My thoughts catapulted back to almost 25 years ago. Sixteen days to go to be exact, when I found myself in the same position, caught up in the destruction of the Baltic Exchange Bombing. The feeling of what to do.

The scene like something out of a movie, only you’re there living the worst nightmare imaginable.



Cries for help!

The sound of Sirens coming from every direction.

People running like headless chickens.

Utter chaos.

My darkest memory, a young man running towards me, whilst I stood rooted to the spot, 5 months pregnant in Middlesex Street. My initial thought was my baby and as I looked up from my small bump, this frantic man was the first thing I saw.  Blood was streaming down his face like prison bars. His screams for help were piercing above all of the commotion surrounding us. He  kept on running, running, screaming straight past me, he could not stop.

Blinded by his own blood, he just couldn’t stop running.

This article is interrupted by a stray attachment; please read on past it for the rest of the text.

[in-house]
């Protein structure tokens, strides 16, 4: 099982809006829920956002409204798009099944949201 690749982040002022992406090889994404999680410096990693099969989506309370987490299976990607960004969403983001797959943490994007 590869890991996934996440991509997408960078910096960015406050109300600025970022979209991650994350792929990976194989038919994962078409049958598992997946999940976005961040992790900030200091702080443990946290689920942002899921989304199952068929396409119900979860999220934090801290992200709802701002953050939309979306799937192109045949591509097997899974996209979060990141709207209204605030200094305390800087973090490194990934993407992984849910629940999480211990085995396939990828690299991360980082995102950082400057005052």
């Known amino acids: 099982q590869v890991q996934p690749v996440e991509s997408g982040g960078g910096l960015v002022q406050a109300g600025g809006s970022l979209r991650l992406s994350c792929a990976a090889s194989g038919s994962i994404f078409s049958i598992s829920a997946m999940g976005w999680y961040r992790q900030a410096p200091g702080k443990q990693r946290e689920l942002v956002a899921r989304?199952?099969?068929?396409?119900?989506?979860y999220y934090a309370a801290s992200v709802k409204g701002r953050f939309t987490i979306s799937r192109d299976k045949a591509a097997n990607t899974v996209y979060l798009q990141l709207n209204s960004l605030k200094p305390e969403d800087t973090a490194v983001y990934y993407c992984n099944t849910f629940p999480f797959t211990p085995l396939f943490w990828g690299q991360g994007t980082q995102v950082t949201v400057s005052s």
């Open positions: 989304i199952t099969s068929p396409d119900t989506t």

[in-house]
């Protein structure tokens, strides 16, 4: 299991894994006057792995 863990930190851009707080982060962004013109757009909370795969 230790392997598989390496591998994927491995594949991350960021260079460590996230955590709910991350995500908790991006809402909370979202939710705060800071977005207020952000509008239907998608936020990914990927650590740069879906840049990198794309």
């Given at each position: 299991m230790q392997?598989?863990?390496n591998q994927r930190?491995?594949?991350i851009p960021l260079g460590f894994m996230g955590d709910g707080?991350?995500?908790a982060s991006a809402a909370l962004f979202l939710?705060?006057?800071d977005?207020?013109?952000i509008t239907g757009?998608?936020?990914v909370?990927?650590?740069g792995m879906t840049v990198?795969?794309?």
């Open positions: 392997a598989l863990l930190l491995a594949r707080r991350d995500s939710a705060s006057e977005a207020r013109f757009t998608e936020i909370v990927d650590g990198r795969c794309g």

There is no fight against terrorism.

It is not a war.

How can random attacks on innocent people be fought against?

When nobody seems to know what the fighting is about.



Burns’s Storm 1990

The Burns’ Day Storm, parallel with the strongest European windstorms on record, occurred on the 25th and 26th January 1990, covering north western Europe. The storm has been given no official name, some call it Daria. Starting on the birthday of Scottish poet Robert Burns and the birthday of my dad, it caused damage far and wide with hurricane-force winds. According to the Met Office the storm to 97 lives. Other figures have ranged from 89 to more than 100.

Severe weather warnings were headline news, I sat at home with my folks. I was 21 years old and had just started a job, working for Summers Henderson & Co, as an Insurance Loss Adjusters PA. I was due to begin some training only it never happened. The next day at work I was told to leave early. The storm was hitting London and our office in Shoreditch was shutting early in preparation. I was grateful to the coming winds, today was my dad’s birthday and we were due to order a Chinese meal for five, Stepping out onto Commercial Street the wind took my breath away. Rubbish was blowing down the street like it was in a race. I felt a taste of fear in the air. The street was unusually empty. Turning towards Bishops Gate I could see hundreds of people milling around Liverpool Street Station.